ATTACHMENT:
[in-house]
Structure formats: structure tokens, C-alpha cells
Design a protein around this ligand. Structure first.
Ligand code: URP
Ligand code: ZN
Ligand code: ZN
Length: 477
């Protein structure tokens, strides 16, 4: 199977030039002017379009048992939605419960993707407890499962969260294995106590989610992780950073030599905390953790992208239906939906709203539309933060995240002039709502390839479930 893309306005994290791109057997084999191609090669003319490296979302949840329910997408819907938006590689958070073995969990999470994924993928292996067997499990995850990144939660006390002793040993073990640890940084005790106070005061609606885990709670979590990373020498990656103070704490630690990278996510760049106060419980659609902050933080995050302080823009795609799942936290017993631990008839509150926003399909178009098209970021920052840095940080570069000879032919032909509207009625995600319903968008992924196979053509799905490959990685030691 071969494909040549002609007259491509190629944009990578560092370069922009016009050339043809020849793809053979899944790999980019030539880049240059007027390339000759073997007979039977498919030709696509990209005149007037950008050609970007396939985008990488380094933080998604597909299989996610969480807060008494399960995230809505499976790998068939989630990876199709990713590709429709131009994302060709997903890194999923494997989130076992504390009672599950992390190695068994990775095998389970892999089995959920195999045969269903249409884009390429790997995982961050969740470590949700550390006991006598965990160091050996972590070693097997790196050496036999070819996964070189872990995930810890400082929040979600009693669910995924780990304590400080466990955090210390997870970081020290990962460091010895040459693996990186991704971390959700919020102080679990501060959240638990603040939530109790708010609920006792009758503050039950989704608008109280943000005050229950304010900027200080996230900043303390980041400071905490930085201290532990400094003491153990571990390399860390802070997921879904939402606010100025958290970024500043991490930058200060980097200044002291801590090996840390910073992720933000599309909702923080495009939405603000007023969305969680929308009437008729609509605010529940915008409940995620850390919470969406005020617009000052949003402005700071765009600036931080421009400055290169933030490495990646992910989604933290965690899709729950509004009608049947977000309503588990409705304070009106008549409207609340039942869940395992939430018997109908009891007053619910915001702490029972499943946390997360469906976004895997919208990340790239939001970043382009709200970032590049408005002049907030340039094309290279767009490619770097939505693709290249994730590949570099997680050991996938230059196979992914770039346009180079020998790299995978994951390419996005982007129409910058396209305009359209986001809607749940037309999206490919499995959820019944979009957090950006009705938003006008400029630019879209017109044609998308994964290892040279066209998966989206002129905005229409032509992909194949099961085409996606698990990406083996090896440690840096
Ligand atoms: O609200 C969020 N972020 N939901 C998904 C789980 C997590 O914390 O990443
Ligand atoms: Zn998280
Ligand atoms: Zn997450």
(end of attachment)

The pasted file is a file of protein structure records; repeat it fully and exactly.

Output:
[in-house]
Structure formats: structure tokens, C-alpha cells
Design a protein around this ligand. Structure first.
Ligand code: URP
Ligand code: ZN
Ligand code: ZN
Length: 477
């Protein structure tokens, strides 16, 4: 199977030039002017379009048992939605419960993707407890499962969260294995106590989610992780950073030599905390953790992208239906939906709203539309933060995240002039709502390839479930 893309306005994290791109057997084999191609090669003319490296979302949840329910997408819907938006590689958070073995969990999470994924993928292996067997499990995850990144939660006390002793040993073990640890940084005790106070005061609606885990709670979590990373020498990656103070704490630690990278996510760049106060419980659609902050933080995050302080823009795609799942936290017993631990008839509150926003399909178009098209970021920052840095940080570069000879032919032909509207009625995600319903968008992924196979053509799905490959990685030691 071969494909040549002609007259491509190629944009990578560092370069922009016009050339043809020849793809053979899944790999980019030539880049240059007027390339000759073997007979039977498919030709696509990209005149007037950008050609970007396939985008990488380094933080998604597909299989996610969480807060008494399960995230809505499976790998068939989630990876199709990713590709429709131009994302060709997903890194999923494997989130076992504390009672599950992390190695068994990775095998389970892999089995959920195999045969269903249409884009390429790997995982961050969740470590949700550390006991006598965990160091050996972590070693097997790196050496036999070819996964070189872990995930810890400082929040979600009693669910995924780990304590400080466990955090210390997870970081020290990962460091010895040459693996990186991704971390959700919020102080679990501060959240638990603040939530109790708010609920006792009758503050039950989704608008109280943000005050229950304010900027200080996230900043303390980041400071905490930085201290532990400094003491153990571990390399860390802070997921879904939402606010100025958290970024500043991490930058200060980097200044002291801590090996840390910073992720933000599309909702923080495009939405603000007023969305969680929308009437008729609509605010529940915008409940995620850390919470969406005020617009000052949003402005700071765009600036931080421009400055290169933030490495990646992910989604933290965690899709729950509004009608049947977000309503588990409705304070009106008549409207609340039942869940395992939430018997109908009891007053619910915001702490029972499943946390997360469906976004895997919208990340790239939001970043382009709200970032590049408005002049907030340039094309290279767009490619770097939505693709290249994730590949570099997680050991996938230059196979992914770039346009180079020998790299995978994951390419996005982007129409910058396209305009359209986001809607749940037309999206490919499995959820019944979009957090950006009705938003006008400029630019879209017109044609998308994964290892040279066209998966989206002129905005229409032509992909194949099961085409996606698990990406083996090896440690840096
Ligand atoms: O609200 C969020 N972020 N939901 C998904 C789980 C997590 O914390 O990443
Ligand atoms: Zn998280
Ligand atoms: Zn997450």